Meat Loaf’s ‘Bat Out of Hell’ Album Reaches All-Time Highest Chart After His Death (But It Won’t Make the Top 10)


Meat Loaf’s songs are filled with parenthetical clauses, so it seems appropriate to use one to explain what happened with his 1977 album “Bat Out of Hell” on the new Billboard 200 chart: In 2022, after his death he climbed to his peak position to this day. (But reaching the top 10? It didn’t.)

“Bat Out of Hell” re-enters the album chart at No. 13 this week, Billboard reported Monday. Is it possible that one of the best-selling albums of all time never reached higher than that? He is. The zenith of the hit album, in its original version, was something of a single No. 14 in 1977, marking it as a serious slow burner in its rise to eventually be certified 14 times platinum just in the States. -United.

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But if you were looking for charts where Meat Loaf made the top 10 or even #1, Billboard had plenty of them.

On the Billboard Artist 100 chart, which takes into account all sales and streaming data for an artist’s entire catalog, Meat Loaf sits at No. given that fans have also turned to other elements of his oeuvre, such as the album “Bat Out of Hell II: Back Into Hell” and other titles from his half-century career.

If you’re looking for absolute No. 1s for the late singer, “Bat Out of Hell” sits atop two charts: Catalog Albums and Rock Albums.

The original “Bat” was a near miss for the top spot on the album sales chart; it came in at No. 2. (This chart, of course, only tracks sales and omits streaming data that features in the overall Billboard 200.)

On the vinyl album chart, “Bat” had to settle for No. 20, a number that reflects how hard physical stores had to respond to sudden customer demand.

The percentage increases for album week were astronomical across all categories. The total number of album-equivalent units for “Bat” was 28,000, an increase of 3,677%, according to PMC Data. His 16,000 pure album sales marked a gain of 7,375%.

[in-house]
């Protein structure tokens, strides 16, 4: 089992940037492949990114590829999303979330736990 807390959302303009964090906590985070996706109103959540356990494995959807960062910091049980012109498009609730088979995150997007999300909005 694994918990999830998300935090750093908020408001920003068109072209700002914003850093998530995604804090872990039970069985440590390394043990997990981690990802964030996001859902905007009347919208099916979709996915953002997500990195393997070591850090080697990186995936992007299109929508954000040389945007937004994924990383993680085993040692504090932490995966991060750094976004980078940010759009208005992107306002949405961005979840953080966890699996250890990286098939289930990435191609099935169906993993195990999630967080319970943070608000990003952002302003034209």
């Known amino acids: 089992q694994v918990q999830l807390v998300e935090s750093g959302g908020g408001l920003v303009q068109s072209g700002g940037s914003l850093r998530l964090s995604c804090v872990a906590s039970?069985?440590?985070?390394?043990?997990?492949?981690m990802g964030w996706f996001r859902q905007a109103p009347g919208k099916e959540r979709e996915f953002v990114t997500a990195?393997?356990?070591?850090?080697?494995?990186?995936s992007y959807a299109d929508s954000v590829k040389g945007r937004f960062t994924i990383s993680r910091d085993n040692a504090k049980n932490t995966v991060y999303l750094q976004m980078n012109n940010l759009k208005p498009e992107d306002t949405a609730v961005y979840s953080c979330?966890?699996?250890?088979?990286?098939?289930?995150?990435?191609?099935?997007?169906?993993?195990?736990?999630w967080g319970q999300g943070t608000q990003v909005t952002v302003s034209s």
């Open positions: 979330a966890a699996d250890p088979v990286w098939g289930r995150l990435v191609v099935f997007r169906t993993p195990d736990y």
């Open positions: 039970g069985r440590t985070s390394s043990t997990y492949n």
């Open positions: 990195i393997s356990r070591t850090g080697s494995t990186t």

In total, PMC reported, Meat Loaf’s album catalog collectively sold 47,000 album-equivalent units, a weekly increase of 3,201%.

However, the song consumers most wanted to hear was not from the “Bat Out of Hell” album. It was “I’d Do Anything For Love (But I Won’t Do This,” from 1993’s “Bat II.” It didn’t make the national Billboard Hot 100, but it did make it into the Billboard Global 200 – an international chart that did not exist when the song was originally released – at No. 49. It was the No. 2 digital download track of the week, selling 20,000 copies, a increase of 8,876%.

Meat Loaf’s other top-selling songs, in order: “Two Out of Three Ain’t Bad” (#5 on digital song sales); “Paradise by the Dashboard Light” (#5 on this same chart); “You took the words straight out of my mouth” (#12); “Bat Out of Hell” (#17); and “I’d lie for you (and it’s the truth)” (#49).

In regards to streaming and not sales, however, the order of the two fan-favorite songs was reversed. In this ranking, “Paradise” was the most streamed song in its catalog, with 4.5 million on-demand plays, followed closely by “I’d Do Anything” with 4.4 million.

Overall, Meat Loaf’s songs were streamed on demand 57.7 million times worldwide in the week following his death, including 21.1 million in the United States.

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